That service also needs to be supportable. Chances are your support team will be light on bodies and pretty much flat out the whole time. To be a true Centre of Excellence you’ll want your team to be focusing on the good stuff, helping users get the best out of the tool, training people in advanced functionality and focusing on the industry best practice of the subject area. To do that you’ll need to have chosen the right infrastructure and technologies and implemented them well, supported with solid but agile IT processes.

Don’t sit back and admire

So you’ve got a great service? Don’t sit back and think how great you are. Your power users will be wanting more and more. It’s vital to have an overall BI vision. How are you going to expand your offerings and deliver even more value to your users?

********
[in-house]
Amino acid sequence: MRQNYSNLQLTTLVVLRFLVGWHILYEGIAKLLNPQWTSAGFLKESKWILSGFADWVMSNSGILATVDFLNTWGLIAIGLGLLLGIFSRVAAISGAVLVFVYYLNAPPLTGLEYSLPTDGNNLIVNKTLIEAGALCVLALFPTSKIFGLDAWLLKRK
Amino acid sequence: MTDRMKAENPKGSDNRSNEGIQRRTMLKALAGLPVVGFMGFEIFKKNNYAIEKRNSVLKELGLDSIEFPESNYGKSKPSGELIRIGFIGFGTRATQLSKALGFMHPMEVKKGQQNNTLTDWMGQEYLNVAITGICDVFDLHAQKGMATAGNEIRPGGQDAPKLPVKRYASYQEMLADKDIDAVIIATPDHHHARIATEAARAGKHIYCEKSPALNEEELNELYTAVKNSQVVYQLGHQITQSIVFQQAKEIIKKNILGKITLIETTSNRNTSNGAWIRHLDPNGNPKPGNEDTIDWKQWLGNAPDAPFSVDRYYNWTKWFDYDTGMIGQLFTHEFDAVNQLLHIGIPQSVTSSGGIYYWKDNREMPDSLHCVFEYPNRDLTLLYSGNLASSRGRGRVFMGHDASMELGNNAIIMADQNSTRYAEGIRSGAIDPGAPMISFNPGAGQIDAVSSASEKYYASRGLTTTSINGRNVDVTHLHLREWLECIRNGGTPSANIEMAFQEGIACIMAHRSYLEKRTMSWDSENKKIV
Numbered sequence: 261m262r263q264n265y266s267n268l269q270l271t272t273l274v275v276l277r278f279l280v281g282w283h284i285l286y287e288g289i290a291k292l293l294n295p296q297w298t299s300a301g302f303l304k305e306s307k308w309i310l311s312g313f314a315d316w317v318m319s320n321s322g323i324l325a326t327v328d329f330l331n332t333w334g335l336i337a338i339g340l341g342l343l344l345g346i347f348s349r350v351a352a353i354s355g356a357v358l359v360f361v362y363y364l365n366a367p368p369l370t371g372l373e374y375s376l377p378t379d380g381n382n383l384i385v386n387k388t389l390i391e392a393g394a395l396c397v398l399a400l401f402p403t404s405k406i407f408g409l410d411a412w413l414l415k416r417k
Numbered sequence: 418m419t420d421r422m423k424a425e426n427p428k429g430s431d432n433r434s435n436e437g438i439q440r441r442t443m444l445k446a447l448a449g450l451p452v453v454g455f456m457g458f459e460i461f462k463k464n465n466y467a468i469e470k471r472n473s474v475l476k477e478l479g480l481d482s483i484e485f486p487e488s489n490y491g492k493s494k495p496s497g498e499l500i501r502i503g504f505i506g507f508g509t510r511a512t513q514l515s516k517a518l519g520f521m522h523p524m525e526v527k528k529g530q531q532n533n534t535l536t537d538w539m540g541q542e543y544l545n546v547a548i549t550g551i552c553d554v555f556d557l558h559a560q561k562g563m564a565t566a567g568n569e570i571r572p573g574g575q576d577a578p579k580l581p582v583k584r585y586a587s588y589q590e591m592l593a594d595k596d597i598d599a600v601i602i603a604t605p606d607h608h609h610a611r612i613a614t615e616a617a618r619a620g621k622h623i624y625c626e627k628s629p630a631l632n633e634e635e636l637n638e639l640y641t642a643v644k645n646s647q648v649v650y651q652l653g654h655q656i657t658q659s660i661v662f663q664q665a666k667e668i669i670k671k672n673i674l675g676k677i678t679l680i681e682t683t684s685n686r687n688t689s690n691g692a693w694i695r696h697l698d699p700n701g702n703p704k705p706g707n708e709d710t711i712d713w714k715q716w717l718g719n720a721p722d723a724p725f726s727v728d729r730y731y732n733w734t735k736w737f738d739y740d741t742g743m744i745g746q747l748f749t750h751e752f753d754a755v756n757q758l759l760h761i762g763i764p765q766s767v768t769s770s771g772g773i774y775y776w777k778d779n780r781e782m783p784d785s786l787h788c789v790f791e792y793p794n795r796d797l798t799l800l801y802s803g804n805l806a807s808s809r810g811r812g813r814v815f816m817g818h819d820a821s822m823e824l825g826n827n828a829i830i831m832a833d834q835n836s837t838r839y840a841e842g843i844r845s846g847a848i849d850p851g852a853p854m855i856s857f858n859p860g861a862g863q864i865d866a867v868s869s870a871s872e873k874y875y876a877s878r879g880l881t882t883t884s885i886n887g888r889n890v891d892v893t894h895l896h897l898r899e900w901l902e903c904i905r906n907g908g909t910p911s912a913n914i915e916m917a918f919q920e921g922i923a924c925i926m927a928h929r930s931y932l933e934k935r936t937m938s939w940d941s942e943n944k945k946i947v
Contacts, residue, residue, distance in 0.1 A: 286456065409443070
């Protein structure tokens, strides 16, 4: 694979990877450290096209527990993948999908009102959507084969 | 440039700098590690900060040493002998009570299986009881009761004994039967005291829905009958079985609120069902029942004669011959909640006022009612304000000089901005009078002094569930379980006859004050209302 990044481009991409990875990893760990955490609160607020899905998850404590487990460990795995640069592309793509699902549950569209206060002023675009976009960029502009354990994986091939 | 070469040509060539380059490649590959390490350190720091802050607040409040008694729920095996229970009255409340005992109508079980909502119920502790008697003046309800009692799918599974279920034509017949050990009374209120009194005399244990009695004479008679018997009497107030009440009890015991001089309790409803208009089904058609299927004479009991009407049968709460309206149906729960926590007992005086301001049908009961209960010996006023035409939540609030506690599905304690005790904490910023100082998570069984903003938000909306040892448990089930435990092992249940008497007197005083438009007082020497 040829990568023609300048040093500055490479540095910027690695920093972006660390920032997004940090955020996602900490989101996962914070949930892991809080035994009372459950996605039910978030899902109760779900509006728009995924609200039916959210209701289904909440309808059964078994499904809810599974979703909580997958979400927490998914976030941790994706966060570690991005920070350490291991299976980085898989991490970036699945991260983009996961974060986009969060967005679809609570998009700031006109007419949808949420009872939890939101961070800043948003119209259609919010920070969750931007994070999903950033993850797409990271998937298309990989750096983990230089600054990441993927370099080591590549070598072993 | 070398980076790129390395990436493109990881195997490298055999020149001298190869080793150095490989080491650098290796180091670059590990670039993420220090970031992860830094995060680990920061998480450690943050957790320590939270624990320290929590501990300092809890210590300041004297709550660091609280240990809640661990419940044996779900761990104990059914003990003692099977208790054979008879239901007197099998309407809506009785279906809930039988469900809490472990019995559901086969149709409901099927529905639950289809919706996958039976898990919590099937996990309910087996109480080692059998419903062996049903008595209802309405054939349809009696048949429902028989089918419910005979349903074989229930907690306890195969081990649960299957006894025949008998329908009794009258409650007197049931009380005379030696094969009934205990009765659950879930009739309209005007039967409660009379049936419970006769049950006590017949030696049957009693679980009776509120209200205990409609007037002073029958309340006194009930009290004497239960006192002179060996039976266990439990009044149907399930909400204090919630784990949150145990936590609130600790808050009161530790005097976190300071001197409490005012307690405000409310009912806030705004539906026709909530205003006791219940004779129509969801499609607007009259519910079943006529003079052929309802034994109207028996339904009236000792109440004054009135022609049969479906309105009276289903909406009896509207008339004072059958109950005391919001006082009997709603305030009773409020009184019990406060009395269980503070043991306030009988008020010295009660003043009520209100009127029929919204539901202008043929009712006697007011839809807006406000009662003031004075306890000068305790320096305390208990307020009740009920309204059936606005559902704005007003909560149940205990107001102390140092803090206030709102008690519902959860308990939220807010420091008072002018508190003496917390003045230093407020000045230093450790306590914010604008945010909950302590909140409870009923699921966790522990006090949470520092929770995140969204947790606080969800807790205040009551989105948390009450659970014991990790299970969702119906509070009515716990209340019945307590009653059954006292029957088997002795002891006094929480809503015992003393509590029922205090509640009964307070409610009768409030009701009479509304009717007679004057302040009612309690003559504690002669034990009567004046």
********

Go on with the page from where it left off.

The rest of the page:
I’m creating a Tableau COE. That takes care of data visualisation. But what about data modelling & management? Data integration and mining? They all form part of the overall BI stack and your users will want that. Maybe not immediately, but they’ll eventually ask the questions and to remain in control you’ll need your master plan.

Focus on community

Really successful applications / companies are backed by an almost fanatical level of community support. Making the most of this aspect, both internally and externally can turn a good service into an amazing one.

Creating a great community takes a lot of dedication. Obviously having the right tool and implementing it well is fundamental. It’s a lot easy to foster a culture of appreciation with a tool that users love to work with than with a turkey that makes their lives harder than it should be.

But get it right and you’ll see the benefits. Users will be blogging and discussing the merits of your latest functionality releases as well as suggesting their own enhancement requests. Brilliant blogs will spring up, guiding newbies and experts alike on how to get the best out of the tool and much more. This can all be replicated internally as well as externally.

Hopefully I’ll see some familiar faces at the session in October.

Best wishes, Paul